The next few months saw Bruichladdich risen from the grave as Mark and Jim dismantled and renovated the entire distillery. While most of the exterior of the building was dismantled and renovated, they refurbished the old, Victorian equipment and restored them for usage. Mark was determined to retain as many of the Harvey equipment as possible, and they managed to do just that! Today, these old pieces of machinery stood proudly in the distillery as the hallmark of the history of Bruichladdich.

In 2012, Rémy Cointreau bought Bruichladdich Distillery and remained as the owner today.

Philosophy at Bruichladdich Distillery

Production at Bruichladdich with Graham Hayes (Picture Credits)

Bruichladdich is a non-conformist distillery, rejecting many of the “whisky production theories” of the day. Believing that industrialisation and self-interest have strangled the whisky industry, Bruichladdich strives to be different.  Instead of following the “rules” of the days, the people behind the distillery set their mind to be innovative and creative distillers.

The people at the distillery believe that whisky needs a character to convey authenticity. They believe in variety, innovation and progress. Bruichladdich is not after a title of homogeneity; it is after a change. The distillers think that the world needs a challenger, one that will stand in the face of blandness and denounced it as such. Hence the distillery often surprises their fans with exceptional, new creations.

Bruichladdich also produces a gin – The Botanist. Similar to what they do for their whiskies, they make sure that The Botanist is different from gins presented by other companies. If you have yet to try a Botanist, it is time for you to try!

The Land, The Water and The Ingredients

Bruichladdich works closely with the people living in Islay as well as the land that forms Islay. Islay farmers planted barley in response to Bruichladdich’s call for an Islay Barley, and others built sheds to dry the barley for the distillery. The land yields the barley; the mountains and lochs produce the water source for mashing, distilling and bottling. Most importantly, the people of the island come together to create whiskies that speak of its origins. It is also the largest, independent employer in Islay.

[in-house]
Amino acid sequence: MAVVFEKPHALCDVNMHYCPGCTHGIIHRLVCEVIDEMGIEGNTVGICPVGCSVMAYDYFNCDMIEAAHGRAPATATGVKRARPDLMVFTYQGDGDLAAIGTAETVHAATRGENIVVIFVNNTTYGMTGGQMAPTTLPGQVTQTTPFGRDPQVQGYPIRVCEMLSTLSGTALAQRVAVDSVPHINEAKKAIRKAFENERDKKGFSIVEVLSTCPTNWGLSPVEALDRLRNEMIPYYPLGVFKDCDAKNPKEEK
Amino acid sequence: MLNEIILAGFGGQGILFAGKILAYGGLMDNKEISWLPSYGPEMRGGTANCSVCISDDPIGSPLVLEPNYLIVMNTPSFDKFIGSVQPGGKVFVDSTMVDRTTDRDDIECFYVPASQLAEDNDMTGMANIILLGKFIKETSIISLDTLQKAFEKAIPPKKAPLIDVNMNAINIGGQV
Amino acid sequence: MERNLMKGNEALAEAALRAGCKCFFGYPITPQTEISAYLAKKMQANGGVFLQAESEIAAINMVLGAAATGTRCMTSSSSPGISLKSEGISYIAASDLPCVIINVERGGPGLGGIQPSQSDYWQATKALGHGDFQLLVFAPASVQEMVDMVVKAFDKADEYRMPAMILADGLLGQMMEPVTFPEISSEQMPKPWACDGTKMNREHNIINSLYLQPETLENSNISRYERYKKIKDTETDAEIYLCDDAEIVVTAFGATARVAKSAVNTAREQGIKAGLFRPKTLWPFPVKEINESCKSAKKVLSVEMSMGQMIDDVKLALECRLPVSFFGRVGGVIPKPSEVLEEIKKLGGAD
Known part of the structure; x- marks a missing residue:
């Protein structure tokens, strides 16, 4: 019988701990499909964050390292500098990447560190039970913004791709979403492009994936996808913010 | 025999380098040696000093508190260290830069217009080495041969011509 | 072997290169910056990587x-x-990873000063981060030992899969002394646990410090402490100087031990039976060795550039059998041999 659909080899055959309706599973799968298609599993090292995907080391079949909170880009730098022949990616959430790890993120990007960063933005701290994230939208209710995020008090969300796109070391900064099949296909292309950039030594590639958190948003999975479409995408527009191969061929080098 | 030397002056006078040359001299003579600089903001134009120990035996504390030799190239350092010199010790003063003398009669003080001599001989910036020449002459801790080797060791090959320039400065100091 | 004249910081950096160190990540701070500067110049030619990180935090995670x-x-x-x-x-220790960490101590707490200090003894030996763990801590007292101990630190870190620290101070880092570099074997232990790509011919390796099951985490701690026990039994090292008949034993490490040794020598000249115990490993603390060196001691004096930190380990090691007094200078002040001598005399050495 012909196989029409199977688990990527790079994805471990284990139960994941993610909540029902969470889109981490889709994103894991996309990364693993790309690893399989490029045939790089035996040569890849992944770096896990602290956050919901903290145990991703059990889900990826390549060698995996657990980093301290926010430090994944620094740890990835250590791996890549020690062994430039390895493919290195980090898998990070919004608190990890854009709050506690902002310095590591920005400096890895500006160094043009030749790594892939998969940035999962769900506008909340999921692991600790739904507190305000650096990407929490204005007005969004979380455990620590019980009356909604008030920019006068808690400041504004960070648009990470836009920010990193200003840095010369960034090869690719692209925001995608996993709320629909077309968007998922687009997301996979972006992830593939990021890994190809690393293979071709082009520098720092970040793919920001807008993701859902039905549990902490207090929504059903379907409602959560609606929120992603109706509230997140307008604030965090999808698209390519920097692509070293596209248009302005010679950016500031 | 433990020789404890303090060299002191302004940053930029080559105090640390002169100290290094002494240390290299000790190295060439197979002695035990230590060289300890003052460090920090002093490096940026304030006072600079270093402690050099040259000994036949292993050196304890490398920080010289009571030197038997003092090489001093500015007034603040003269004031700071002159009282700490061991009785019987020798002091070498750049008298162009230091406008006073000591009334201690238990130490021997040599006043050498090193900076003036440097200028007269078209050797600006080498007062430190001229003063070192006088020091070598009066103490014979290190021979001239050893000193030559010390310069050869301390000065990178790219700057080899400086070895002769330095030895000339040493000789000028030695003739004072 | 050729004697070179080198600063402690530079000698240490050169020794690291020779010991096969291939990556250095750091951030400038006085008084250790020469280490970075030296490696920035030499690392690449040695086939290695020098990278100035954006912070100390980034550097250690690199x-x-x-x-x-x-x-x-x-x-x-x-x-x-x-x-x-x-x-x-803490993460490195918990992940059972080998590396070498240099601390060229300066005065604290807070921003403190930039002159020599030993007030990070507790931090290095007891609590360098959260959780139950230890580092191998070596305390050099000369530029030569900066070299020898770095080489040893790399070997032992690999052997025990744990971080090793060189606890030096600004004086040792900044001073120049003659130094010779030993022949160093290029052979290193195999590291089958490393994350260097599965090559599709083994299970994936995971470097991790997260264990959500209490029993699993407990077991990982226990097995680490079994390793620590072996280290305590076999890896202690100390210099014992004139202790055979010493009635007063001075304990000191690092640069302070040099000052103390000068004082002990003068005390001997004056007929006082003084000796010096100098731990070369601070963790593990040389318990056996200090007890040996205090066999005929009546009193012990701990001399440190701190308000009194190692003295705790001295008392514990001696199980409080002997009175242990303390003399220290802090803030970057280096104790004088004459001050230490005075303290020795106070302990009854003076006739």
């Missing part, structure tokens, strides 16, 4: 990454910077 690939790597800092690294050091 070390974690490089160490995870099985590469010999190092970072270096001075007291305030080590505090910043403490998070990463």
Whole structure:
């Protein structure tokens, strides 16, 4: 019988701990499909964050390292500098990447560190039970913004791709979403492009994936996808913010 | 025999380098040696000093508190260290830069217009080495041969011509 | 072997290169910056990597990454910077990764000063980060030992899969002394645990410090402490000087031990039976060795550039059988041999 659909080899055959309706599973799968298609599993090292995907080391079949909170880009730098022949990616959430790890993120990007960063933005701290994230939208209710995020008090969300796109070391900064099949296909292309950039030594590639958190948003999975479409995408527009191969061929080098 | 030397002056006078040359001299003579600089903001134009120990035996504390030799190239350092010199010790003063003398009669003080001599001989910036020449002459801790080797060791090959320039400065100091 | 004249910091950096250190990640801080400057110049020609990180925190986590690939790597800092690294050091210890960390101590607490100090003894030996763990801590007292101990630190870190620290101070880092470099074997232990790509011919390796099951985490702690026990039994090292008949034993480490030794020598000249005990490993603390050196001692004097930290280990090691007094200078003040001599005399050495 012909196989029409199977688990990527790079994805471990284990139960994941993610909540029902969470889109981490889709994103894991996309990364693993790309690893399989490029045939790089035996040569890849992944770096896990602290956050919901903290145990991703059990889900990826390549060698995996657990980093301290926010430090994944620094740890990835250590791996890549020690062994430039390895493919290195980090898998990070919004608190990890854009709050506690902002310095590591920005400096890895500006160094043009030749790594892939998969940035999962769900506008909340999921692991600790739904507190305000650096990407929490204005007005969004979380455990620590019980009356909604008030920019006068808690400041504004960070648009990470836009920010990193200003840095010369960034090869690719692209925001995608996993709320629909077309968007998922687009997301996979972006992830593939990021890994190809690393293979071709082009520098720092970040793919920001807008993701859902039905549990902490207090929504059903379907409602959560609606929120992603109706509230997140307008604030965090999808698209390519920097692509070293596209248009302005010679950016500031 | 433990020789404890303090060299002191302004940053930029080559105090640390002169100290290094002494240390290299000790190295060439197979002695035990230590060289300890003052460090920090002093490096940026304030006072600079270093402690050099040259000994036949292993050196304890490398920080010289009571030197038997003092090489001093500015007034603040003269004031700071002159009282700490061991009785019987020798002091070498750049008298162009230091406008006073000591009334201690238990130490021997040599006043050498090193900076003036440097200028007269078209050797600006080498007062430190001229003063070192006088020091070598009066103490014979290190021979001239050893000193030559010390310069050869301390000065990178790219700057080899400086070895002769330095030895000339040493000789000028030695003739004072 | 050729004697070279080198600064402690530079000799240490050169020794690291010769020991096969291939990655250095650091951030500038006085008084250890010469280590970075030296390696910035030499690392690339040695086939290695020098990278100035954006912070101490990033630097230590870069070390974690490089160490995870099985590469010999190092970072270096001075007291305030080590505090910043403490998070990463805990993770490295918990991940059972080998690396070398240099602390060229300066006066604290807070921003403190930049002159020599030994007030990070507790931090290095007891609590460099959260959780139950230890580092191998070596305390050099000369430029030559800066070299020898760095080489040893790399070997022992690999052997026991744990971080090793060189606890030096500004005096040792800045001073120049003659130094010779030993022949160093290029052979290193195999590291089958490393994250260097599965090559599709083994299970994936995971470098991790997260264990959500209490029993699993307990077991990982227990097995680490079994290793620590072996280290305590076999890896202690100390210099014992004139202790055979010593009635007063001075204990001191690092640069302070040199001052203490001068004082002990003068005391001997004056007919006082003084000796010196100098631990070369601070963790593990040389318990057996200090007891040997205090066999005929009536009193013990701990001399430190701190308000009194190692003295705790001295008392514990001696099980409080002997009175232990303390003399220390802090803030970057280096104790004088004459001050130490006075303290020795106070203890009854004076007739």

Bruichladdich believes passionately in terroir – authenticity, place and provenance. That is a heritage that they are proud of.

Bruichladdich Range of Whiskies

Some of the whiskies made in Bruichladdich Distillery (Picture Credits)

Bruichladdich produces three different brands of whiskies in the distillery. They have the Bruichladdich brand, serving up unpeated whisky. Then, there is Port Charlotte, a heavily-peated whisky at 40ppm. For the peatheads, there is Octomore, the most-heavily peated whisky in the world.

Bruichladdich

Classic Bruichladdich is unpeated, floral and sophisticated. It is a natural whisky which is non-chill filtered and colouring free. The whisky is made purely from Scottish barley, although there are some expressions distilled from Islay Barley and Bere Barley.

This range of whisky is living proof that Bruichladdich rejects traditional labelling of the whisky-producing regions in Scotland. Produced in an area where peat is the norm, the Classic Laddie challenges the label of what constitutes an Islay whisky.

Port Charlotte

The range of Port Charlotte is a tribute to the men who once worked in Lochindaal distillery from 1829 to 1929. It is peated to 40ppm and still retains the classic floral complexity of the typical Bruichladdich. The most exciting nibbles about Port Charlotte is that the original stone warehouse of Lochindaal distillery in Port Charlotte still stores the maturing spirits now.

Octomore

Octomore is famous; or in the distillery’s own words, it has taken the world by storm. It was a “what if” idea that turned into a reality. Named after the Octomore farm on the hill above Port Charlotte, the whisky is a legacy to the farm that used to be a distillery. In 1816, Octomore farm was a self-sufficient distillery. It grew its barley, cut its peat and distil its whisky on the farm. While the spark burned only for a few years, Bruichladdich Distillery carried the legend till today through the Octomore range of whisky.

Octomore is known as the world’s most heavily peated whisky. One of the latest expression, the Octomore 8.3, is peated to 309ppm! Contrast to expectation, the whisky is aromatic, floral and sophisticated. You will never expect something so delicious!

Looking to the Future

It is no secret that Bruichladdich continues to be a progressive distillery in today’s whisky world. We trust that Bruichladdich is striving harder than ever before to produce authentic, good-quality whiskies for the world.

We look forward to new releases from Bruichladdich.  As always.